be in a small office building or across the world.

Properties



General



In a
general sense, wireless networks offer a vast variety of uses by both business and home
users.

"Now, the industry accepts a handful of different wireless technologies. Each

wireless
technology is defined by a standard that describes unique functions at both the Physical and
the Data Link layers of the OSI Model. These standards differ in their specified signaling
methods, geographic ranges, and frequency usages, among other
things. Such differences
can make certain technologies better suited to home networks and others better suited to
network larger organizations."

Performance



Each sta
ndard varies in geographical range, thus making one standard more ideal than the
next depending on what it is one is trying to accomplish with a wireless network.

The
perfo
rmance of wireless networks satisfies a variety of applications such as voice and video.
The use of this technology also gives room for expansions, such as from

G

to

G

and, most
recently,

G
technology, which stands for fourth generation of cell phone mobile
communications standards. As wireless networking has become commonplace,
sophistication

increases through configuration of network hardware and software, and
greater capacity to send and receive larger amounts of data, faster, is achieved.

Space



Space is another
characteristic of wireless networking. Wireless networks offer many
advantages when it comes to difficult
-
to
-
wire areas trying to communicate such as across a
street or river, a warehouse on the other side of the premise or buildings that are physically
se
parated but operate as one.

Wireless networks allow for users to designate a certain
space which the network will be able to communicate with other devices through that
ne
twork. Space is also created in homes as a result of eliminating clutters of wiring.
0

This
technology allows for an alternative to installing physical network mediums
such
as

TPs
,

coaxes
, or

fiber
-
optics
, which can also be expensive.

Home



For homeowners, wireless technology is an effective option compared to

Ethernet

for
sharing printers, scanners, and high speed internet connections
. WLANs help save the cost
of installation of cable mediums, save time from physical installation, and also creates
mobility for devices connected to the network.
0

Wirel
ess networks are simple and require as
few as one single

wireless access point

connected directly to the Internet via a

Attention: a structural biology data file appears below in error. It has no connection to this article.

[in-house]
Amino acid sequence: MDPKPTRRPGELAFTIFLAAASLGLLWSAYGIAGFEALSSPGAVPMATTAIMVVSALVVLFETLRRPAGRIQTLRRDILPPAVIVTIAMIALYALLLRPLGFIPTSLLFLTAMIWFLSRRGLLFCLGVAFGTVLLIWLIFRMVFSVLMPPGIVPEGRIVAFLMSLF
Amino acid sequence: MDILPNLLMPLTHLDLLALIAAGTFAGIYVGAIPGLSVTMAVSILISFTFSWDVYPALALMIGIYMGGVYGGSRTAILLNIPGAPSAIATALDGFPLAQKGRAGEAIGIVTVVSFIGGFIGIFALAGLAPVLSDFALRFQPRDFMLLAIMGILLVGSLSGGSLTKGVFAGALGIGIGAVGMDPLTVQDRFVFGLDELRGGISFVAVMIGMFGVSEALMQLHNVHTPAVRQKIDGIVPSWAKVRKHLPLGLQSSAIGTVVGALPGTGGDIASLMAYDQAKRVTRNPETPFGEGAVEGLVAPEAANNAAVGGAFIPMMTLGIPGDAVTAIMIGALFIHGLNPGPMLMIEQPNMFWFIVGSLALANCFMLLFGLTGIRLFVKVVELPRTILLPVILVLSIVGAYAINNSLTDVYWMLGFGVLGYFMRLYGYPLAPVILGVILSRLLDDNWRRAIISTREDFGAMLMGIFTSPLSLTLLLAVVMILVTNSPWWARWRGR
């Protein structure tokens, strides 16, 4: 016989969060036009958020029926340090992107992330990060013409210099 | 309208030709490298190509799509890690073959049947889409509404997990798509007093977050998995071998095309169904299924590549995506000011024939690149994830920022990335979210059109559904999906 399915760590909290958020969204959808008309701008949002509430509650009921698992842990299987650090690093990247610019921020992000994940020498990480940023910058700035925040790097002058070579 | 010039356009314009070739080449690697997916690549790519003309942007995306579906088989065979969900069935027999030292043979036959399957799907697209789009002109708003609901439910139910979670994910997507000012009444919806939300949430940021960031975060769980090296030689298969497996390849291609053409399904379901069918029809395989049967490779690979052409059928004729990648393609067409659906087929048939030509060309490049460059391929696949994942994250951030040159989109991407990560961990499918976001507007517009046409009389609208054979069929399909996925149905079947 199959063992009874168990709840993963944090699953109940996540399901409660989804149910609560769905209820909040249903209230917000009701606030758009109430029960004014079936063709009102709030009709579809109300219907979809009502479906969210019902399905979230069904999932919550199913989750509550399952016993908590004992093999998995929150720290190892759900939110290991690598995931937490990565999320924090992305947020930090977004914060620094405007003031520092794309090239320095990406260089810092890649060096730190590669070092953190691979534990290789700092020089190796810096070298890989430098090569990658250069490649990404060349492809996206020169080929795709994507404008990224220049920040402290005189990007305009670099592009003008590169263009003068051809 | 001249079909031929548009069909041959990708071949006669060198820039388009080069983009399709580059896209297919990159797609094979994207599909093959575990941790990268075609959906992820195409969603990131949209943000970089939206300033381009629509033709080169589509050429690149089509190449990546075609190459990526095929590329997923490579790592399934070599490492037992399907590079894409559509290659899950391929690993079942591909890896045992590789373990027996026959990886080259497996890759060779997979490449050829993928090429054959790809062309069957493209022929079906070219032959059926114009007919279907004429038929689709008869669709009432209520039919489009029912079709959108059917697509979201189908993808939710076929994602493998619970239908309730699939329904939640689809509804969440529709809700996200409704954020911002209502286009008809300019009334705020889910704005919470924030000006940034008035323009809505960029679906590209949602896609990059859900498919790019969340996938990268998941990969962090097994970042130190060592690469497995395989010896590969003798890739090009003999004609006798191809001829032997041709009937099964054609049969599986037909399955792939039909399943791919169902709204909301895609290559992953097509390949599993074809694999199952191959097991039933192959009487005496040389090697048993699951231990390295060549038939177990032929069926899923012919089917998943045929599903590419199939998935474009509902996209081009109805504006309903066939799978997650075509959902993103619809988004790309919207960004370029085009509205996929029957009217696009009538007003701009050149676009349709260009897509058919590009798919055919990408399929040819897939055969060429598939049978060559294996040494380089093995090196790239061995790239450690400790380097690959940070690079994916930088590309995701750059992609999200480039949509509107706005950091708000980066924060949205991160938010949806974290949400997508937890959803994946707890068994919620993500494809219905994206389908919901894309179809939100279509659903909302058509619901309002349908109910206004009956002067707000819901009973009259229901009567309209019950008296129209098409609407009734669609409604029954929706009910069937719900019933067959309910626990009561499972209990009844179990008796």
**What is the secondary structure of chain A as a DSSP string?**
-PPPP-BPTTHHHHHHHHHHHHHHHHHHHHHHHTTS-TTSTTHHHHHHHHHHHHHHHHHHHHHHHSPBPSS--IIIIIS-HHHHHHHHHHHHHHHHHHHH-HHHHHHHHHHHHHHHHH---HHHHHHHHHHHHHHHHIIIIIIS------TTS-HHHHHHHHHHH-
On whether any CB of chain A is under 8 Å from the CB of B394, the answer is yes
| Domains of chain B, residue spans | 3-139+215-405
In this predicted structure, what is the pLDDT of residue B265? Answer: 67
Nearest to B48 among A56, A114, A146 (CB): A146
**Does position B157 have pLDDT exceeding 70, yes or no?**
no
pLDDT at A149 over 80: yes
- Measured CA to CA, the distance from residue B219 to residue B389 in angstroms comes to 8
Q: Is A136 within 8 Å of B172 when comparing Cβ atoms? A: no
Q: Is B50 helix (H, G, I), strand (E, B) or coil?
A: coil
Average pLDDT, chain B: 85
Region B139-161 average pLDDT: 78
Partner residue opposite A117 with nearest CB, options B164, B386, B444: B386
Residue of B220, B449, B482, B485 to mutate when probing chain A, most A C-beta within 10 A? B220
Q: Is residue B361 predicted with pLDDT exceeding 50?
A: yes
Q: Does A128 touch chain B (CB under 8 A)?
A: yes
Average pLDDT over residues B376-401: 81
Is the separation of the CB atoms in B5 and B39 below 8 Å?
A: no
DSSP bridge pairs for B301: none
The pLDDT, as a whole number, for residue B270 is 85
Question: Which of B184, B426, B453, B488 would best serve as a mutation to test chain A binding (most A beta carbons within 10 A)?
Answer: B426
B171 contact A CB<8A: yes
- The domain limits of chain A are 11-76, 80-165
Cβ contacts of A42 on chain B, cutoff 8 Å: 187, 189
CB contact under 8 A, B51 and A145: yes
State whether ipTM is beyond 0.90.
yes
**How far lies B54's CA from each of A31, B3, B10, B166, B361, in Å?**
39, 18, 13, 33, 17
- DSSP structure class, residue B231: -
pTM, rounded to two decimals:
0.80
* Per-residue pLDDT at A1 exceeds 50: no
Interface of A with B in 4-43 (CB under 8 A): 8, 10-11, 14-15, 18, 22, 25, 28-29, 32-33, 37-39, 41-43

router
.

Wireless Network Elements



The telecommunications network at the physical layer also

consists of many interconnected
wire line

Network Elements (NEs)
. These NEs can be stand
-
alone systems or products that
are either supplied by a single manufacturer, or are
assembled by the service provider (user)
or system integrator with parts from several different manufacturers.

Wireless NEs are products and devices used by a wireless carrier to provide support for
the

backhaul

network as well as a

Mobile Switching Center (MSC)
.

Reliable wireless service depends on the

network elements at the physical layer to be
protected against all operational environments and applications (see GR
-
,

Generic
Requirements for Network Elements Used in Wireless Networks
-

Physical Layer Criteria
).

What are especially important are the NEs that are located on the cell tower to the

Base
Station (BS)

cabinet. The attachment
hardware and the positioning of the antenna and
associated closures/cables are required to have adequate strength, robustness, corrosion
resistance, and rain/solar resistance for expected wind, storm, ice, and other weather
conditions. Requirements for ind
ividual components, such as hardware, cables, connectors,
and closures, shall take into consideration the structure to which they are attached.

2. Network management

Network management

refers to the activities, methods, procedures, and tools that pertain
to the

operation
,

administration
, maintenance, and

provisioning

of networked
systems.
1

Network management is essential to command and control practices and is
generally
carried out of a

network operations center.



Operation deals with keeping the network (and the services that the network provides)
up and running smoothly.

It includes monitoring the network to spot problems as soon
as possible, ideally before users are affected.



Administration deals with keeping track of res in the network and how they are
assigned. It includes all the "housekeeping" that is necessary to ke
ep the network under
control.



Maintenance is concerned with performing repairs and upgrades

for example, when
equipment must be replaced, when a router needs a patch for an operating system
image, when a new switch is added to a network. Maintenance also i
nvolves corrective
and preventive measures to make the managed network run "better", such as adjusting
device configuration parameters.



Provisioning is concerned with configuring res in the network to support a given service.
For example, this might includ
e setting up the network so that a new customer can
receive voice service.

A common way of characterizing network management functions is

FCAPS

Fault,
Configuration, Accounting, Performance and
Security.

Functions that are performed as part of network management accordingly include
controlling, planning, allocating, deploying, coordinating, and monitoring the res of a
network, network planning,

frequency

allocation, predetermined

traffic

routing

to
support

load balancing
,